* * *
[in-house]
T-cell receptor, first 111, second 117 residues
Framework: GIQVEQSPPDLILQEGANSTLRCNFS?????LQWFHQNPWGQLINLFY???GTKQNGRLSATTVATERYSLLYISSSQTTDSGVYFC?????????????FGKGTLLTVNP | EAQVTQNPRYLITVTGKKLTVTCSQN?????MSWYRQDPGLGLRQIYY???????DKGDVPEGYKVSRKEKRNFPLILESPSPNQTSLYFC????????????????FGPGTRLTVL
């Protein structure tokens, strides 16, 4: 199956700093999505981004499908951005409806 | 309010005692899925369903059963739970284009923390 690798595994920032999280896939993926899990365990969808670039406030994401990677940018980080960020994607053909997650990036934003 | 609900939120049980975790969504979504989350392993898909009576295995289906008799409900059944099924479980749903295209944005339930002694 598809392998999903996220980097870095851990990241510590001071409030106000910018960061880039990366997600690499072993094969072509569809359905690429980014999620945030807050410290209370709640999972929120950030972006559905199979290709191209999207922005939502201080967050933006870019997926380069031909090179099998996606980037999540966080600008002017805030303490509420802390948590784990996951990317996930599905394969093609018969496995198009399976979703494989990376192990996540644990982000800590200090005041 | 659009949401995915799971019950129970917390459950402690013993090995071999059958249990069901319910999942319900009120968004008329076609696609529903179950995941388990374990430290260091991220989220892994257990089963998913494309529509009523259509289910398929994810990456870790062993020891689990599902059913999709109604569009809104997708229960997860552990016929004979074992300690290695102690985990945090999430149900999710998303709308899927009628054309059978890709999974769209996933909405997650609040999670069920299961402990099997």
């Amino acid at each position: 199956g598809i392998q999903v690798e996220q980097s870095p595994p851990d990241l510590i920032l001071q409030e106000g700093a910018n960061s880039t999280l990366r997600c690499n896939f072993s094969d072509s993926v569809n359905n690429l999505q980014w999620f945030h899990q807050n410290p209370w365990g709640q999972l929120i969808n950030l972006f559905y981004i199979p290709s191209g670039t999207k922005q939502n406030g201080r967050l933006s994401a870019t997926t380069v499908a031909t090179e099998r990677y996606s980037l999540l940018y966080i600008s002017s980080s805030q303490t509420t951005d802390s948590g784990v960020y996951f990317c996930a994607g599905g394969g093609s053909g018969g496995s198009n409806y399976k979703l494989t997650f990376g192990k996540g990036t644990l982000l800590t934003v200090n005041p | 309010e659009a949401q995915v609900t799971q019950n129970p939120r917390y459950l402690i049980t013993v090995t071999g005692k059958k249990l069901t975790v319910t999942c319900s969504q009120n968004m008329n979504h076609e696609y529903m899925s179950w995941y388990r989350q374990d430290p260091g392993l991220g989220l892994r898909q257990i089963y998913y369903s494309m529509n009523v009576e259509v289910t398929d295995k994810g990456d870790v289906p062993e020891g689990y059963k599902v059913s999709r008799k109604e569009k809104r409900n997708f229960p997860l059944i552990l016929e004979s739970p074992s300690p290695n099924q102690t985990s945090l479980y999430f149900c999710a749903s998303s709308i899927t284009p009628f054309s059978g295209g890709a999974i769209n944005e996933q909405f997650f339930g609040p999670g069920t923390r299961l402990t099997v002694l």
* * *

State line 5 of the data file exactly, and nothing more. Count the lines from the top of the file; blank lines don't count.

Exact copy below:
């Amino acid at each position: 199956g598809i392998q999903v690798e996220q980097s870095p595994p851990d990241l510590i920032l001071q409030e106000g700093a910018n960061s880039t999280l990366r997600c690499n896939f072993s094969d072509s993926v569809n359905n690429l999505q980014w999620f945030h899990q807050n410290p209370w365990g709640q999972l929120i969808n950030l972006f559905y981004i199979p290709s191209g670039t999207k922005q939502n406030g201080r967050l933006s994401a870019t997926t380069v499908a031909t090179e099998r990677y996606s980037l999540l940018y966080i600008s002017s980080s805030q303490t509420t951005d802390s948590g784990v960020y996951f990317c996930a994607g599905g394969g093609s053909g018969g496995s198009n409806y399976k979703l494989t997650f990376g192990k996540g990036t644990l982000l800590t934003v200090n005041p | 309010e659009a949401q995915v609900t799971q019950n129970p939120r917390y459950l402690i049980t013993v090995t071999g005692k059958k249990l069901t975790v319910t999942c319900s969504q009120n968004m008329n979504h076609e696609y529903m899925s179950w995941y388990r989350q374990d430290p260091g392993l991220g989220l892994r898909q257990i089963y998913y369903s494309m529509n009523v009576e259509v289910t398929d295995k994810g990456d870790v289906p062993e020891g689990y059963k599902v059913s999709r008799k109604e569009k809104r409900n997708f229960p997860l059944i552990l016929e004979s739970p074992s300690p290695n099924q102690t985990s945090l479980y999430f149900c999710a749903s998303s709308i899927t284009p009628f054309s059978g295209g890709a999974i769209n944005e996933q909405f997650f339930g609040p999670g069920t923390r299961l402990t099997v002694l």